Virgin Media Loses TV Head; Appoints UBS For Channels Sale

The UK-based cable company Virgin Media has employed the investment bank UBS to give advice on the proposed sale of its content division, which has stakes in a couple of channels including Living and Bravo, and could be worth around £500 million.

According to the reports, the move comes as a confirmation to the speculations that the company has eventually put its content business up for sale, after top-level management of the company met last week to explore various fund-raising options.

As expected, the formal process will kick start after the company knows the results of the Government’s favoured funding option for Channel 4.

The assets of the content business of Virgin Media includes 50 percent stakes in the UKTV, a joint venture with the BBC Worldwide, on which the latter enjoys the first right to refusal, and the channels covered by the UKTV include Yesterday, Alibi, Dave, and Gold.

The news comes after the chief exec for Virgin Media’s content arm, Malcolm Wall, declared that he would be leaving the firm.

The sale of the content business, which is triggered by the company’s £6 billion debt, would mark an end to the company’s 25-years long efforts to become one of the big names in the content delivery domains.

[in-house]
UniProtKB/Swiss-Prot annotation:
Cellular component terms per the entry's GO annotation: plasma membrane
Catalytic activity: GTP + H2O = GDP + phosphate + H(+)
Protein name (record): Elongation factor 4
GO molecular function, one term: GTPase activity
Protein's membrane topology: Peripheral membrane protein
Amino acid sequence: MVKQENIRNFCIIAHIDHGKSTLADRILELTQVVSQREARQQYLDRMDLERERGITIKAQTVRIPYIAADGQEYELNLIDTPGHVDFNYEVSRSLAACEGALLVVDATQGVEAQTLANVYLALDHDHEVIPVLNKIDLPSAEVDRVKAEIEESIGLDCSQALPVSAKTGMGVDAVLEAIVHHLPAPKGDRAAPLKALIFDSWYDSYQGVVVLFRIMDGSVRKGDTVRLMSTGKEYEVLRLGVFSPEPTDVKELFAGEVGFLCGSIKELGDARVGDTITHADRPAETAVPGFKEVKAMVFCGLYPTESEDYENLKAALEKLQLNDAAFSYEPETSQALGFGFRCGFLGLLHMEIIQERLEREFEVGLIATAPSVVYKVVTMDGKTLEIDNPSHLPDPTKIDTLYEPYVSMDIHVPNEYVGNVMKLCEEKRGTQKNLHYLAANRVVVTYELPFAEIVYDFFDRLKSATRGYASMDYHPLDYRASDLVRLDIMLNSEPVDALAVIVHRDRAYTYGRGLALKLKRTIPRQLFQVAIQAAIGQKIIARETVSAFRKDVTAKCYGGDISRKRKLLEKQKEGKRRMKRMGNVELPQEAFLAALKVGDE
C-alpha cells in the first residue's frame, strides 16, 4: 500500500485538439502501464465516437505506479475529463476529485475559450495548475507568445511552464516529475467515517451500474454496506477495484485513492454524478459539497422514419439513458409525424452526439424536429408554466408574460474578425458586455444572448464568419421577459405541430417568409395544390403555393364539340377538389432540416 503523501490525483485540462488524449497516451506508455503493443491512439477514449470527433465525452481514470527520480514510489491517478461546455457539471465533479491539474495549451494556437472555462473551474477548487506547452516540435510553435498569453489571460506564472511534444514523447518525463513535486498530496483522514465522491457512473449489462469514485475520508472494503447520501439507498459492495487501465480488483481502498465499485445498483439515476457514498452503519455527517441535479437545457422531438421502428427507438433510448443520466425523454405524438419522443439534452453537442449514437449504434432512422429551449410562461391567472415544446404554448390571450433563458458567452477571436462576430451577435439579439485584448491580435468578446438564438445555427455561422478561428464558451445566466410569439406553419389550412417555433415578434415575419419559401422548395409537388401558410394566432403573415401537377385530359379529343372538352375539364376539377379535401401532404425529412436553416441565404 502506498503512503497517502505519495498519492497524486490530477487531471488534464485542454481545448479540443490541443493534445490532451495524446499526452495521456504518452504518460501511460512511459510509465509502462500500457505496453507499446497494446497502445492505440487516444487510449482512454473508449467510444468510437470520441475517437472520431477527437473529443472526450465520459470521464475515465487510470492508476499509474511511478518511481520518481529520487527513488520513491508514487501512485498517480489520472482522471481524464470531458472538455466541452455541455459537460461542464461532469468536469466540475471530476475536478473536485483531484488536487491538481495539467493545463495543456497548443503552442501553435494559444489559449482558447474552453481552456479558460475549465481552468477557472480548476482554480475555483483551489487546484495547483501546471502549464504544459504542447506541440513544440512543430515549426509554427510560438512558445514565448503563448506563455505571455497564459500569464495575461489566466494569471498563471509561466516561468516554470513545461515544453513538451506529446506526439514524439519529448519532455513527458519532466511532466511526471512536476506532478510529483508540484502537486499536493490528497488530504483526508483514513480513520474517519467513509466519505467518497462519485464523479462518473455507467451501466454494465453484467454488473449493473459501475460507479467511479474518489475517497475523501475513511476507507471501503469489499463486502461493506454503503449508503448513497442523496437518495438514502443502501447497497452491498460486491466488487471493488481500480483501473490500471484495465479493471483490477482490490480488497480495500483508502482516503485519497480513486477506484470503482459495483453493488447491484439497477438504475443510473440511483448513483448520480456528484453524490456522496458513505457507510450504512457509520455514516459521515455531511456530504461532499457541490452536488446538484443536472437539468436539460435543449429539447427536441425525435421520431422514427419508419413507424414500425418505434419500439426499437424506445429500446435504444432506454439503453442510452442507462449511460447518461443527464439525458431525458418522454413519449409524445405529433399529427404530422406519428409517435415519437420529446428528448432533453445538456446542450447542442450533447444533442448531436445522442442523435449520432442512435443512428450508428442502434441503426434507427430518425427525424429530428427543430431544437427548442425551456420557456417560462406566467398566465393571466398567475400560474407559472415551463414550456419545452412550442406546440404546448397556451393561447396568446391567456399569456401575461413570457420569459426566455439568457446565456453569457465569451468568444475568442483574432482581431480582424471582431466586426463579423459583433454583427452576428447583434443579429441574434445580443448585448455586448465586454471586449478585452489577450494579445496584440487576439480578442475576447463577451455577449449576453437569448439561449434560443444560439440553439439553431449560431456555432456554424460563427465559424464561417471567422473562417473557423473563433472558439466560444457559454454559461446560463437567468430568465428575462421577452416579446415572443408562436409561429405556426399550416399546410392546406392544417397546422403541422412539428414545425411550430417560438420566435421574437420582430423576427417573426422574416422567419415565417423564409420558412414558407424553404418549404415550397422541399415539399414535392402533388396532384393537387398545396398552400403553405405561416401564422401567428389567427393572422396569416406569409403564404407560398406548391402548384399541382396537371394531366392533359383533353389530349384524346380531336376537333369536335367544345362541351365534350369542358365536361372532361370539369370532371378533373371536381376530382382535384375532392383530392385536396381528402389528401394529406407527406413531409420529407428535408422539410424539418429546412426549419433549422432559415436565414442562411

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Our Comments

We wrote on that possibility at the end of last month. And our comments were "The financial problems Virgin Media is currently facing act as a stark reminder that even if its broadband arm is still capturing new customers, the cable company is not out of the woods yet. Virgin Media has huge debts that will become costlier to service over time and it needs to act well before it is too late."

Related Links

Report: Virgin Media looks to sell content division

(Econsultancy)

Virgin Media’s channels 'up for sale'

(Rapid TV News)

Virgin Media hires UBS for channels sale

(C21 Media.net)

UBS to advise on Virgin TV sale

(Broadband TV News)

Malcolm Wall leaves Virgin Media as TV sale talk grows

(Telegraph)

Virgin Media puts content division on the market

(Times Online)